Since the show ended in 2010, critics have chimed in to add that it didn’t set the best example for a younger audience, who accounted for the majority of viewers. What was so scandalous, you ask? The show was one of the first in modern Indian television to flesh out relationships and sexual intimacy on-screen; it helped water down expectations of sexual purity that many Indian families are still eager to engage with. Many who lived through the DMG era recall how they had to stealthily watch the show because their parents found the content too dishonorable. But many continued to watch it nonetheless; DMG represented an innocuous act of rebellion that made for good ‘exposure’ then. The time was also just right for the audience to be receptive of the show: digital streaming and OTT platforms felt a little distant in their reach, propping these younger shows like DMG and its neighbor Miley Jab Hum Tum towards a mixed audience; there was no adult vs. kids binary.
Dr. Armaan Malik and Dr. Riddhima Gupta, whose love saga took center stage, anchored every plotline. The ‘opposites attract’ wisdom is enduring in its appeal — who doesn’t like an enemies-turned-friends-turned-lovers story arc? Of course, theirs wasn’t a perfect relationship; it was aspirational, unrealistic, even toxic. Armaan gladly took on the savior role and more than once, Riddhima was portrayed as the damsel in distress. Anyone familiar with the Hindi film industry and television shows would know that this portrayal was nothing out of the ordinary — in fact, love and relationships are still finding the right balance between dependence and individuality on screen. While DMG failed to spearhead a revolution, it folded in unassuming, existing relationships ideals. Women did take a stand — one of the doctors-in-charge was Dr. Kirti, who essayed the role of the taskmaster everyone looked up to; others had their moments, too. They weren’t feminist icons, but their presence made women’s representation a talking point, which felt enough then.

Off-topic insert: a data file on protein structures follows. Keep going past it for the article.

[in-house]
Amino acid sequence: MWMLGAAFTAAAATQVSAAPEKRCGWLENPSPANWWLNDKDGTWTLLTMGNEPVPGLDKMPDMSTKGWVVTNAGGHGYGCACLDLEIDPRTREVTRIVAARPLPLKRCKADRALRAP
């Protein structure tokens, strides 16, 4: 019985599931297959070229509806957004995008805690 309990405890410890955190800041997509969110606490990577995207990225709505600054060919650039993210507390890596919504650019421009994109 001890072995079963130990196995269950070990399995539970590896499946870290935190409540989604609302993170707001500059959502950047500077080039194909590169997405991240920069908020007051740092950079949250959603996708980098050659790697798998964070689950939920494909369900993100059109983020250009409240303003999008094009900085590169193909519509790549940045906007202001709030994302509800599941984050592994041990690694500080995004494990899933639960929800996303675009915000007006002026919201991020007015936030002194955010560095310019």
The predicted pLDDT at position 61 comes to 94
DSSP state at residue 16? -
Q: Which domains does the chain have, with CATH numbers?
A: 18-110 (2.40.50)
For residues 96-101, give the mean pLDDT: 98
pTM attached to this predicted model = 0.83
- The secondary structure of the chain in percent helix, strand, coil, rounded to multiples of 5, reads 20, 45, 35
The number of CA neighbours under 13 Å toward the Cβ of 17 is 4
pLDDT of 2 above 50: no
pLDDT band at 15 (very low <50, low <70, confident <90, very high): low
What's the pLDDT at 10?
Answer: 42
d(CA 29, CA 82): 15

That said, watching DMG now feels tedious: the overdramatization and played-out romantic plotlines can be highly unrelatable. The background music is a sleeper hit even today — one only has to hum the show’s tune for a fellow 80s/90s kid to sigh in nostalgia. There were specific tunes to cue in sadness, romance, longing, even hope: and we would know what a particular beat would mean to the couple on screen. Remember the ‘Asmaani Rang Ho’ and ‘Ishq Leta Hai Kaise Imtehaan’ that played whenever a misty-eyed Arman looked at Ridhima? It broke hearts, and to claim otherwise would be a brazen lie.
The shootings, accidents, or memory loss in DMG are also tired artistic tropes. But what one may call ‘overdramatization’ now, inspired screenwriting that exhausted all ways of survival before calling it quits. And it worked: the show ended after a three-year run, with more than 700 episodes under its belt.
Dill Mill Gayye, in Mumbai’s fictional world of Sanjivini Hospital, is a classic example of being at the right place at the right time.
Maybe that’s why we can’t let go.